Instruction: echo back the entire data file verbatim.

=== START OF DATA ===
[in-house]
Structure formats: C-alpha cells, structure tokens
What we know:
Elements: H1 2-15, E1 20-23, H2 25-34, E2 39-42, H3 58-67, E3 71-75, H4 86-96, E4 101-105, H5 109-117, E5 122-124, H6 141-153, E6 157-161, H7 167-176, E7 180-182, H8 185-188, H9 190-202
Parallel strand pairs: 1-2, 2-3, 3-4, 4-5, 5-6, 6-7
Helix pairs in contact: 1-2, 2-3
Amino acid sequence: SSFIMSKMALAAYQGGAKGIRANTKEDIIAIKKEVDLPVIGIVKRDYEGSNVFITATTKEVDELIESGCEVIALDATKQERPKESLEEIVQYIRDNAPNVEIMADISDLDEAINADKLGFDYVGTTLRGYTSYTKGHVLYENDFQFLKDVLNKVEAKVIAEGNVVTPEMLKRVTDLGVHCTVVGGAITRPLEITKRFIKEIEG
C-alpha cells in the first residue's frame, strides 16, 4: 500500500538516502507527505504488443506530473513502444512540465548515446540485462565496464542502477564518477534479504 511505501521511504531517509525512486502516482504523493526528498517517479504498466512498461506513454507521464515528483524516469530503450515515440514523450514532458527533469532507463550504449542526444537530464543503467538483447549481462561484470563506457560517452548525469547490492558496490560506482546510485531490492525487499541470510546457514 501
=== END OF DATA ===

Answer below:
[in-house]
Structure formats: C-alpha cells, structure tokens
What we know:
Elements: H1 2-15, E1 20-23, H2 25-34, E2 39-42, H3 58-67, E3 71-75, H4 86-96, E4 101-105, H5 109-117, E5 122-124, H6 141-153, E6 157-161, H7 167-176, E7 180-182, H8 185-188, H9 190-202
Parallel strand pairs: 1-2, 2-3, 3-4, 4-5, 5-6, 6-7
Helix pairs in contact: 1-2, 2-3
Amino acid sequence: SSFIMSKMALAAYQGGAKGIRANTKEDIIAIKKEVDLPVIGIVKRDYEGSNVFITATTKEVDELIESGCEVIALDATKQERPKESLEEIVQYIRDNAPNVEIMADISDLDEAINADKLGFDYVGTTLRGYTSYTKGHVLYENDFQFLKDVLNKVEAKVIAEGNVVTPEMLKRVTDLGVHCTVVGGAITRPLEITKRFIKEIEG
C-alpha cells in the first residue's frame, strides 16, 4: 500500500538516502507527505504488443506530473513502444512540465548515446540485462565496464542502477564518477534479504 511505501521511504531517509525512486502516482504523493526528498517517479504498466512498461506513454507521464515528483524516469530503450515515440514523450514532458527533469532507463550504449542526444537530464543503467538483447549481462561484470563506457560517452548525469547490492558496490560506482546510485531490492525487499541470510546457514 501